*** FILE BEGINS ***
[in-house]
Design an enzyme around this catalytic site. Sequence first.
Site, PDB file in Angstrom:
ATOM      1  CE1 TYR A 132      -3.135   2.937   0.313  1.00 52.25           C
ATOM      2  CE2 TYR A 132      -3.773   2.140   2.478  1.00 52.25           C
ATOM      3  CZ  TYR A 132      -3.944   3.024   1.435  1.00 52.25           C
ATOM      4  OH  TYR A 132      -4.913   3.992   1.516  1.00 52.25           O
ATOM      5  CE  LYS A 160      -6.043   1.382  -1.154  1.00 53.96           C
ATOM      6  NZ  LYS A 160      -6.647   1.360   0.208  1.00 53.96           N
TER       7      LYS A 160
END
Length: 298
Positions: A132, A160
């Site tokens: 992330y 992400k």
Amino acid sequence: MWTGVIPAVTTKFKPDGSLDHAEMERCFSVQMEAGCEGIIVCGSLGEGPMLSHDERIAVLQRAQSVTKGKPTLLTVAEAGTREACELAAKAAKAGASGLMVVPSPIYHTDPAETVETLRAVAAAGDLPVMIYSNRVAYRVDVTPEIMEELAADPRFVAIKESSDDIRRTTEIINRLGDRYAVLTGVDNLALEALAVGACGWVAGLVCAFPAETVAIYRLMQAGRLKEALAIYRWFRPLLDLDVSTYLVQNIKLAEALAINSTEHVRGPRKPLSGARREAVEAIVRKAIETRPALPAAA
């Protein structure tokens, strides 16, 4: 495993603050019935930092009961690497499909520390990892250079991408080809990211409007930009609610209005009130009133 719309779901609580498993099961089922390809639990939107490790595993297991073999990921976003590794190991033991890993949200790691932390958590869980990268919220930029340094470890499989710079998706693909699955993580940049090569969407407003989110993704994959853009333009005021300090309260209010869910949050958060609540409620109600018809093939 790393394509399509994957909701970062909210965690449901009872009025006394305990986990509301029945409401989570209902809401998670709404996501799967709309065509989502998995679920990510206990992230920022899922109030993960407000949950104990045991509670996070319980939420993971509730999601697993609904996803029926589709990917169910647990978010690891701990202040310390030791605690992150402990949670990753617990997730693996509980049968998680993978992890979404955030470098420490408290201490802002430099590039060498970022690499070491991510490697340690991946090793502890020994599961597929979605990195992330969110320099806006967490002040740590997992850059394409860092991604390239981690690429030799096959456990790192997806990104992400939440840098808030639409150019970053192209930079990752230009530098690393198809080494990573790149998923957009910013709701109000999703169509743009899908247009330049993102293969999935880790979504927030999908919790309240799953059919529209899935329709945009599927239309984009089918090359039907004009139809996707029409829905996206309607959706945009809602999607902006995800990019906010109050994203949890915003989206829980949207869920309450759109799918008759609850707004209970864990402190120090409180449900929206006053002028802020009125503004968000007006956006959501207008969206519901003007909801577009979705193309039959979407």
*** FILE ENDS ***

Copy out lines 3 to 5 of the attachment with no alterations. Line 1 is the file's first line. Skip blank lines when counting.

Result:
Site, PDB file in Angstrom:
ATOM      1  CE1 TYR A 132      -3.135   2.937   0.313  1.00 52.25           C
ATOM      2  CE2 TYR A 132      -3.773   2.140   2.478  1.00 52.25           C